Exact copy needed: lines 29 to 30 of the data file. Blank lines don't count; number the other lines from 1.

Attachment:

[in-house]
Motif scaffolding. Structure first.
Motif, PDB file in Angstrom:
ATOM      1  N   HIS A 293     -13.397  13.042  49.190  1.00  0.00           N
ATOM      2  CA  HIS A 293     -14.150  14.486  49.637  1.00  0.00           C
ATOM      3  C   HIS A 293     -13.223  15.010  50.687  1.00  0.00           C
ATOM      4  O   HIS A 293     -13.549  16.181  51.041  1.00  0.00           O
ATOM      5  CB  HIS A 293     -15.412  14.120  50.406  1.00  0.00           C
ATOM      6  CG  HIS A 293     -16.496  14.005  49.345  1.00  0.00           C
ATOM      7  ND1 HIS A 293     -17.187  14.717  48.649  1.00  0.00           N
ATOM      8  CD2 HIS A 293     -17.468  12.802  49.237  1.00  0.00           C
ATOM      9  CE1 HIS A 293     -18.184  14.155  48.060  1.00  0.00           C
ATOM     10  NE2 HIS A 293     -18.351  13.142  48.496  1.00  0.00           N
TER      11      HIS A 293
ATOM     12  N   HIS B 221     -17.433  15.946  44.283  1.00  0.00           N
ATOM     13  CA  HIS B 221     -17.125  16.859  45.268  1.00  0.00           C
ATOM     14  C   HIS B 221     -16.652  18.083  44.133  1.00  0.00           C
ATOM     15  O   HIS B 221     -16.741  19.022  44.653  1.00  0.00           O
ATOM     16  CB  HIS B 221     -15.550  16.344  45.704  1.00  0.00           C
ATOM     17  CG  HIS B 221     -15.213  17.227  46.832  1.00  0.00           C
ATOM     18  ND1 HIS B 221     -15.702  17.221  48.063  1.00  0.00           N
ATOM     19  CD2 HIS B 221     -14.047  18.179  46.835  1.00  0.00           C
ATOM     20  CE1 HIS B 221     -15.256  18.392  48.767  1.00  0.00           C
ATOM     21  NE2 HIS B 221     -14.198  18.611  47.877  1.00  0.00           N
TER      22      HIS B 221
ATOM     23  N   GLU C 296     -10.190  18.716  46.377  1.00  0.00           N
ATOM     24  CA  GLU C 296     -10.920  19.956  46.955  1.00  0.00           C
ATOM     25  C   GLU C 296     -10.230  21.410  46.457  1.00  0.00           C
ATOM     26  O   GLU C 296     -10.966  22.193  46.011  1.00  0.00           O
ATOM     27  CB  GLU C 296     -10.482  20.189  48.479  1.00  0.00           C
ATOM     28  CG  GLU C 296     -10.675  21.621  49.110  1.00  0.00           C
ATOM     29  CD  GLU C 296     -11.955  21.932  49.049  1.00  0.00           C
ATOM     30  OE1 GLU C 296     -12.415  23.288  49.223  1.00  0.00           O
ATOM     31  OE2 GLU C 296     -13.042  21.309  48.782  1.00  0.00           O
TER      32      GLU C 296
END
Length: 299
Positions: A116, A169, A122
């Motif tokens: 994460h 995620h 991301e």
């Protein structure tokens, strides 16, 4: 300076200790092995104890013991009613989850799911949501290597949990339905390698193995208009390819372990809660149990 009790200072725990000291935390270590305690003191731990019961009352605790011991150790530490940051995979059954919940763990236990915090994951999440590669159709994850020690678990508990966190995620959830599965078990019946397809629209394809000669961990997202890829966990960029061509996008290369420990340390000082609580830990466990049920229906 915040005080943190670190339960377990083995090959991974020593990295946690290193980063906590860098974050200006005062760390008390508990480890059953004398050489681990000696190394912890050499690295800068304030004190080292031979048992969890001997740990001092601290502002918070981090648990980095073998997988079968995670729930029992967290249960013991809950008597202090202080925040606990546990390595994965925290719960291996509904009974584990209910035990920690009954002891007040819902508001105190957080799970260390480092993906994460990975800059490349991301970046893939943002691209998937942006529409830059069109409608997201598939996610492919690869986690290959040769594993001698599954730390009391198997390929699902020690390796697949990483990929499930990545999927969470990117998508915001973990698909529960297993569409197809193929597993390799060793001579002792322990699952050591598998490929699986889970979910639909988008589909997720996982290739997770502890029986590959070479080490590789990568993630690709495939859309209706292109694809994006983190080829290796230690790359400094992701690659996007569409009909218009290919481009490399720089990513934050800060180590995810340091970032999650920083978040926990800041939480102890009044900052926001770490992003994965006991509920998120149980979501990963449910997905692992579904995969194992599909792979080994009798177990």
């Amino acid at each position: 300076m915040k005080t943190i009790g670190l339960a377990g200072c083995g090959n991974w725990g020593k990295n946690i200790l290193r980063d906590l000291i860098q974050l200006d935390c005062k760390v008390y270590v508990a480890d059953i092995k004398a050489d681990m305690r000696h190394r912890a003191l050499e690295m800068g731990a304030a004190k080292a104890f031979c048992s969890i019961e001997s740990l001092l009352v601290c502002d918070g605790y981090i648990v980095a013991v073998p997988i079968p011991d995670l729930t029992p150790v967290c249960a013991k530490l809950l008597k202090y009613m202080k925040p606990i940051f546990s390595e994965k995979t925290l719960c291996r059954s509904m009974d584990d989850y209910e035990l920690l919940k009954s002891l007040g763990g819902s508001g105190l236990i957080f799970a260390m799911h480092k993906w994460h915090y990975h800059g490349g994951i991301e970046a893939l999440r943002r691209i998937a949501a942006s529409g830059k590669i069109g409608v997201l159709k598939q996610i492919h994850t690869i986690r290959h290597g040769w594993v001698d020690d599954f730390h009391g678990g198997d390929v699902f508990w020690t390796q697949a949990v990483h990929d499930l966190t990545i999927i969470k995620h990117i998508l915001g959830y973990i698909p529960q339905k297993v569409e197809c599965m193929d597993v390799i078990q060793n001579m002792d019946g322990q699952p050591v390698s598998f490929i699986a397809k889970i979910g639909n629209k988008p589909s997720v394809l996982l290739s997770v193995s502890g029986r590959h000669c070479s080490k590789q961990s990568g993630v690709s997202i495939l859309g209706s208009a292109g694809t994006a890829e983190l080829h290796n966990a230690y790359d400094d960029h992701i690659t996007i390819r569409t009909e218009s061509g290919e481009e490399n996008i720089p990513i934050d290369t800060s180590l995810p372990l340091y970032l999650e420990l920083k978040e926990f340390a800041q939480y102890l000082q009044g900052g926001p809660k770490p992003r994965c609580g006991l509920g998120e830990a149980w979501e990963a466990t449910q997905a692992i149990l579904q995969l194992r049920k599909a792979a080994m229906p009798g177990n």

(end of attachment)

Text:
ATOM     26  O   GLU C 296     -10.966  22.193  46.011  1.00  0.00           O
ATOM     27  CB  GLU C 296     -10.482  20.189  48.479  1.00  0.00           C